Cristiano Ronaldo is the biggest star in the world’s most popular sport, and the global soccer icon just wrapped 12 months for the ages. It started with his club, Real Madrid, winning the Champions League title at the end of May 2016.
Ronaldo then led Portugal to its first European Championship last summer before helping Real capture its first La Liga title in five years ahead of rivals Barcelona and Lionel Messi. The magical run for his clubs continued this month with another Champions League title, the first team ever to win back-to-back crowns.
Ronaldo also racked up individual accolades with a fourth player of the year award, as well as his 600th career goal and record 100th goal in Champions League play. One of the biggest beneficiaries of Ronaldo’s success was his sponsors. They racked up $936 million in media value across his social media accounts in the 12 months ending June 1, according to Hookit, which tracks sponsorship value in social and digital media. The tally is more than seven times any other athlete.
Ronaldo’s value is a combination of heavy usage of social media and the largest following of any athlete. He posted 580 times over 12 months with a sponsor mention or logo. The next highest in the top 10 was Barcelona’s Neymar with 255. Ronaldo’s 277 million followers are 68% higher than Neymar, who ranks second with 165 million followers. Ronaldo added a staggering 62 million followers in the past year, and his Facebook fans alone of 122 million are more than any other person on the planet.
Ronaldo tallied 927 million interactions (likes, comments, shares) and video views on his sponsored posts for an average value per post of $1.6 million for sponsors like Nike, Herbalife, Tag Heuer and Abbott Labs (his total interactions and video views were 2.4 billion, including non-sponsored posts).
Ronaldo was the highest-paid athlete in the world for the second straight year with $93 million, including $35 million off the pitch from sponsors and licensing deals. Sponsors recognize the value Ronaldo brings to the table. Nike inked him to a lifetime deal at the end of 2016 reportedly worth as worth as much as $1 billion.
Hookit conducted a study exclusively for Forbes on the world’s biggest sports stars. The Solana Beach, Calif.-based firm started with the universe of the 100 athletes from Forbes’ annual look at the highest-paid athletes. Hookit measured interactions and video views across Facebook, Instagram and Twitter from the athletes’ personal social media accounts for posts with hashtags, mentions or images in photos/videos of sponsors (Hookit performed the same study last year without image recognition for logo analysis). Hookit measures account promotion type and quality and applies market-driven costs per interaction and platform to deliver a dollar value for each post.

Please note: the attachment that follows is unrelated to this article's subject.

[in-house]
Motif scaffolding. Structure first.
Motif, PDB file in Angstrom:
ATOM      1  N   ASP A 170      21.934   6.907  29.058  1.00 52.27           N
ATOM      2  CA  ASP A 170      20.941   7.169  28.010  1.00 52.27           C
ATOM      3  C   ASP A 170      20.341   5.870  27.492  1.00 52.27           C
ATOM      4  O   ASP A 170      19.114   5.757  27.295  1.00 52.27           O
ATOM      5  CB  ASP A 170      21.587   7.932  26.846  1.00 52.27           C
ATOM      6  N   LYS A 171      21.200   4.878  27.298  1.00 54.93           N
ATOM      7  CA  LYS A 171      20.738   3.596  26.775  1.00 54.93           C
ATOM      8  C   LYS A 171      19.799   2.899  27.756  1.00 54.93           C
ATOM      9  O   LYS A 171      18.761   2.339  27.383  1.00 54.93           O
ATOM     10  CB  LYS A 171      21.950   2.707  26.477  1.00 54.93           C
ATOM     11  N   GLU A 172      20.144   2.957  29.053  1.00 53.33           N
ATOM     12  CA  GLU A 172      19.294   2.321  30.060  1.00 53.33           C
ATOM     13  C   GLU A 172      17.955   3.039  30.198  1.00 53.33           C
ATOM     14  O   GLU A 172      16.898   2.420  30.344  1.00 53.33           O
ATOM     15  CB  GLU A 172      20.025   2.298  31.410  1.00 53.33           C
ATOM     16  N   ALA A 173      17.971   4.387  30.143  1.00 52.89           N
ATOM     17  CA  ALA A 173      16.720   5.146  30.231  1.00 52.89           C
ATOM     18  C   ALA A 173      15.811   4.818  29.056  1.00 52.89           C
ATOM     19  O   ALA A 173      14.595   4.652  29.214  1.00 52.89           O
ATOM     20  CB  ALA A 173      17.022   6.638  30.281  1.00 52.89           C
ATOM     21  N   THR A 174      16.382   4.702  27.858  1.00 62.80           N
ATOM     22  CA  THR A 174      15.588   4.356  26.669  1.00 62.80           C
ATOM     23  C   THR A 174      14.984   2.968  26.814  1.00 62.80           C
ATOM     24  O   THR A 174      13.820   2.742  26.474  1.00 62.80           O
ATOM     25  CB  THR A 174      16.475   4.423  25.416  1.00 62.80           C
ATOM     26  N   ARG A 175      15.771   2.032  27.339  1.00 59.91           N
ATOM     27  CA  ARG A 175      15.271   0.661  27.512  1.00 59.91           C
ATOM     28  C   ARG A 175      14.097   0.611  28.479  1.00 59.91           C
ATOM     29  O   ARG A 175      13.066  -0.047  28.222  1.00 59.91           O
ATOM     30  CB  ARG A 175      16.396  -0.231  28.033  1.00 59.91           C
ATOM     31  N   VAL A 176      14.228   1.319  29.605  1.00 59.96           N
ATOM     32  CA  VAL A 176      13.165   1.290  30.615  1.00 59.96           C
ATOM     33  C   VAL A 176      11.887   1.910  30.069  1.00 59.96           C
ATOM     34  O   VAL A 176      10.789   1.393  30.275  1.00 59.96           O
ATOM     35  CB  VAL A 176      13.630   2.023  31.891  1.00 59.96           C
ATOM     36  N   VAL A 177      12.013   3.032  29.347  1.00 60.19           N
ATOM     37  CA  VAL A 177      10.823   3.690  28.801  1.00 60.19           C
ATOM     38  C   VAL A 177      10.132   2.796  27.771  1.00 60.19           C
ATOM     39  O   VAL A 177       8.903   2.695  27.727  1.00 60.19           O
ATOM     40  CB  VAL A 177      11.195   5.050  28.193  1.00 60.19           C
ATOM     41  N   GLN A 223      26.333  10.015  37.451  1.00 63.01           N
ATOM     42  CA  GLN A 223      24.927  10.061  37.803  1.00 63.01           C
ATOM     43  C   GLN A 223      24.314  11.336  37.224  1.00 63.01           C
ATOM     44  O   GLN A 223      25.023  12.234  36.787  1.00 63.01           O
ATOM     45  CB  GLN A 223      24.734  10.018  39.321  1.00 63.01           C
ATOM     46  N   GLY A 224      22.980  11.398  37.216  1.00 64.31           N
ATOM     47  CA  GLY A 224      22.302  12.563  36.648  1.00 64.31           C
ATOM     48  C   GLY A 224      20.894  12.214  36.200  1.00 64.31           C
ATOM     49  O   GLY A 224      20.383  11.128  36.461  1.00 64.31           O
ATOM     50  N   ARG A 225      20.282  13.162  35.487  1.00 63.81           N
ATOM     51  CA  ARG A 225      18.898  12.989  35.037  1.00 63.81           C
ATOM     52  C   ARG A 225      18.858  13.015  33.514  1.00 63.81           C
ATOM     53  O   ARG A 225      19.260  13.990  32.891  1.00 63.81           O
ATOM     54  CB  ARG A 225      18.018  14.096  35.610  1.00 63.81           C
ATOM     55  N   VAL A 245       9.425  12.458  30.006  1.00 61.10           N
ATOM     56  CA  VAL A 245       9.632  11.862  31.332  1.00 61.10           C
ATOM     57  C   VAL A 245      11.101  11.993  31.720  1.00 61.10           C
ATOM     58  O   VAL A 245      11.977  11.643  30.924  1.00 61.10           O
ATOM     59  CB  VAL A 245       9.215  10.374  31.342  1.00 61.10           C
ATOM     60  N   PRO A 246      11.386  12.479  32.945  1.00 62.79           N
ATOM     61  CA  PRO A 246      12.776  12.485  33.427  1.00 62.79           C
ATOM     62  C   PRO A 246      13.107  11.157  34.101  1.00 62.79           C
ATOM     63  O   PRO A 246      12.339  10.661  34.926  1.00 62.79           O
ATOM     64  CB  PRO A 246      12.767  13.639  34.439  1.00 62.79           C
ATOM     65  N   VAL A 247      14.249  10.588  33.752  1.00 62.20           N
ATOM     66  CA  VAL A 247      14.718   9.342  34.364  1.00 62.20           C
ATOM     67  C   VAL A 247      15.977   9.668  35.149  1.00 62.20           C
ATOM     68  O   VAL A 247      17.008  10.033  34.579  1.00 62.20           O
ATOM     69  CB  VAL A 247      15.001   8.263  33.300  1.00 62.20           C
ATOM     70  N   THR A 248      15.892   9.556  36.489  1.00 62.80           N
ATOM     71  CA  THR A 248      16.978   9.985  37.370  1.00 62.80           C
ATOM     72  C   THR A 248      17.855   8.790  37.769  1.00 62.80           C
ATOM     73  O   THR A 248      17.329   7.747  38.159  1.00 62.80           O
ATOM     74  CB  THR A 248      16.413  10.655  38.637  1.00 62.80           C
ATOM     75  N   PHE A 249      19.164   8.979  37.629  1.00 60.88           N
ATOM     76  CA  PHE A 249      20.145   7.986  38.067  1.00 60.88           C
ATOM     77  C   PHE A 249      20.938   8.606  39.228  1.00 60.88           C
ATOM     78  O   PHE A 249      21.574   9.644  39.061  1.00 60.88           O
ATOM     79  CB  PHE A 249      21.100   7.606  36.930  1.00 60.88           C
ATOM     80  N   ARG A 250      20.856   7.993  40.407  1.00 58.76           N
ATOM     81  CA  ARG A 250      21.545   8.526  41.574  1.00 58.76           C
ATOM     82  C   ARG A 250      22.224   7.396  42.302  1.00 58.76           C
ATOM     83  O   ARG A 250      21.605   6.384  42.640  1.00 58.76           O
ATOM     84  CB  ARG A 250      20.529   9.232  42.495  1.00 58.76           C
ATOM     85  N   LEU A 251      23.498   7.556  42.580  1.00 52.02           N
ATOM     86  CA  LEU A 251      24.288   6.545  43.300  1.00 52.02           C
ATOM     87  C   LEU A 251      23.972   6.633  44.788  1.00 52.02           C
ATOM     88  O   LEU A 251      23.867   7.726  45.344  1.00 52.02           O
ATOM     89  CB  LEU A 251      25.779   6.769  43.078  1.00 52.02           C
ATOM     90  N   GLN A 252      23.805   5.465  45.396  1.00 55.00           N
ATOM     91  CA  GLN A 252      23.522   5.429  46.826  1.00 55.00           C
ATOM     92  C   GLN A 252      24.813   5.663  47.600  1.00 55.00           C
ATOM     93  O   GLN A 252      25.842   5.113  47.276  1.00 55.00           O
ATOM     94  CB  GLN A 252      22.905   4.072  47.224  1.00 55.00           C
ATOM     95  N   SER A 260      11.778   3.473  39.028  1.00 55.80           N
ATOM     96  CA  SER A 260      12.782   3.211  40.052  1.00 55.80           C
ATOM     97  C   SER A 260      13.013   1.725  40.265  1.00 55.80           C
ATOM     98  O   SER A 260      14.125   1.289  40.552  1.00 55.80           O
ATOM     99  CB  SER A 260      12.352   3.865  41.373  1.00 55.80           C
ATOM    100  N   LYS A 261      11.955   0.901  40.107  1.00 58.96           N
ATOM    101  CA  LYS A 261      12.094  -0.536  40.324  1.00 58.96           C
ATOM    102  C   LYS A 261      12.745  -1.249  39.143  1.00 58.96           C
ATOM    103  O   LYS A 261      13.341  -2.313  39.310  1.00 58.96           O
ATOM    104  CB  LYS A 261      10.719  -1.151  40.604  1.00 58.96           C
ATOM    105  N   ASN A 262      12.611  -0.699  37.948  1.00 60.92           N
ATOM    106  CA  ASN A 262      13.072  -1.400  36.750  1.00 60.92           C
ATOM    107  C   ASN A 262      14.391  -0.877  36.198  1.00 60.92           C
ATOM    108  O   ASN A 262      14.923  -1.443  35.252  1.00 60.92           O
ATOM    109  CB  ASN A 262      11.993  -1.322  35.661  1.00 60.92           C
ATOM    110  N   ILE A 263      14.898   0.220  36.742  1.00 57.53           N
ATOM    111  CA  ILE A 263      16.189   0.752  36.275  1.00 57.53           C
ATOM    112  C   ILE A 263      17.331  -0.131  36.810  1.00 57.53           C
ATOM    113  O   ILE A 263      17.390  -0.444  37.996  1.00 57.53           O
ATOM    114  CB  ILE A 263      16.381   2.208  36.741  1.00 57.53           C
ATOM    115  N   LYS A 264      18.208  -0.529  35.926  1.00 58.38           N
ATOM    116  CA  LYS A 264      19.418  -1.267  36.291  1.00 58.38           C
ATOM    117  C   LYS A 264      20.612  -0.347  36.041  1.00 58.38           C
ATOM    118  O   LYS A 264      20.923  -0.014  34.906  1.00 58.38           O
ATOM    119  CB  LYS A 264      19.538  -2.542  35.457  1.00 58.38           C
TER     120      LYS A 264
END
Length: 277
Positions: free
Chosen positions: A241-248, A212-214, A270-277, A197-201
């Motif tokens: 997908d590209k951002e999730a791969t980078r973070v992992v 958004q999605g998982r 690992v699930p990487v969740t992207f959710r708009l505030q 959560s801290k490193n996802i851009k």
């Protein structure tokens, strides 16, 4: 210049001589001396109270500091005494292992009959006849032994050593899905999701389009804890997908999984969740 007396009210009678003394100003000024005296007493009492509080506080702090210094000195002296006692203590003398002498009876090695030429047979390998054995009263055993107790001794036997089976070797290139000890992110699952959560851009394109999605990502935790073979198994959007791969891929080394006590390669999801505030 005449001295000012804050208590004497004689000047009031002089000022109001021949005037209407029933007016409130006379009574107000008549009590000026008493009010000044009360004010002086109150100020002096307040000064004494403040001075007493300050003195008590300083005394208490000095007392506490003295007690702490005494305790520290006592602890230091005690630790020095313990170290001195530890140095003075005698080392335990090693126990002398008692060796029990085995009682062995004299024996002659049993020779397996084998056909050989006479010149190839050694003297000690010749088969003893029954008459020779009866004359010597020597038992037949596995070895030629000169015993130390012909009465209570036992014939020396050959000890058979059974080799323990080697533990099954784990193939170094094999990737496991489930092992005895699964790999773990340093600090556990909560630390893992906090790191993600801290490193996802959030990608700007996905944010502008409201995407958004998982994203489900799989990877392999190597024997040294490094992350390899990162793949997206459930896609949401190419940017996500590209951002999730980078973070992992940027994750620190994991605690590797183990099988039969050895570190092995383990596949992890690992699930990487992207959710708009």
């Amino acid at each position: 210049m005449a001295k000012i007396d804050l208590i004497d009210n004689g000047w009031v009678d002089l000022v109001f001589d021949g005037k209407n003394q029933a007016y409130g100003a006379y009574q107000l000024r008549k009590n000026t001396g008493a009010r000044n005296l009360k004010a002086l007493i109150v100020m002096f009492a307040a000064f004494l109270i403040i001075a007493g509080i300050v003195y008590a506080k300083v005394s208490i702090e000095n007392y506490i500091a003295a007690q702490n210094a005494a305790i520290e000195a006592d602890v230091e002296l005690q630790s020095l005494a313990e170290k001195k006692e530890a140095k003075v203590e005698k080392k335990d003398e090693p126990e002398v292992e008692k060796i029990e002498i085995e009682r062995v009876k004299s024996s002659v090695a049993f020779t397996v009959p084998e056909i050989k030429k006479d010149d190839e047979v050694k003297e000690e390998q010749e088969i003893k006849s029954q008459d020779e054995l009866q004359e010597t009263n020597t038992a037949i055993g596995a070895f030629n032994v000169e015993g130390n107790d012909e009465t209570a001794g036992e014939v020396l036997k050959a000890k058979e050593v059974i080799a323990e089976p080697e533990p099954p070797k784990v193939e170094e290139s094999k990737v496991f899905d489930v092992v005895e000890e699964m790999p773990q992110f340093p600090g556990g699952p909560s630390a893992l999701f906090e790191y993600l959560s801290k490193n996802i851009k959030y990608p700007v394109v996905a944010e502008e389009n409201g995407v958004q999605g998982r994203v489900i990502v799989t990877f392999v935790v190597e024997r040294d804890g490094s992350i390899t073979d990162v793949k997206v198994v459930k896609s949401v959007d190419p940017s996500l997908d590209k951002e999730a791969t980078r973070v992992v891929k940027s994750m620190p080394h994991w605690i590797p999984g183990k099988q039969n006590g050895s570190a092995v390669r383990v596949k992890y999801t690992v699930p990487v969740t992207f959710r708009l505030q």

Soccer players dominate the list of athletes delivering the most interactions and media value for sponsors with six of the top seven. Credit the popularity of the players, teams and sport itself, which touches every corner of the globe.
The 25-year-old Neymar is already a popular pitchman for brands like Nike, Gillette, Red Bull, Panasonic and Beats. Neymar’s personal brand got a boost last summer when he led Brazil to its first Olympic gold in soccer with the game-winning penalty kick in the gold medal match. His 255 social media posts with sponsor images or mentions produced $125 million in media value on 160 million interactions and video views over the last year.
Track star Usain Bolt is the only non-soccer player to crack the top seven. He ranks third with $68 million in media value. The Jamaican sprinter completed his third straight gold medal sweep of the 100-meter, 200-meter and 4 x 100-meter relay at the 2016 Summer Olympics. Bolt plans to retire after the 2017 World Championships, but many of his 10-plus endorsement partners like Puma, Gatorade, Nissan Motors, Hublot and Sprint are expected to maintain their relationships.
Bolt’s total social media following of 31 million fans can’t match the top soccer players, but the interactions on his posts are sky-high when a sponsor is involved. The average promoted post had 281,839 interactions or nearly four times what a non-sponsored Bolt post received. His 194 sponsor-branded posts were worth $351,013 on average per Hookit.
“Athletes who have embraced the major platforms to make themselves accessible and engage with their fans have done the best job to grow their followings into the millions,” says Hookit CEO Scott Tilton. “Athletes like Ronaldo, Neymar and Bolt have capitalized on this opportunity to create 24/7 media properties for themselves where they can control the content, messaging and brands they endorse to generate massive sponsorship value.”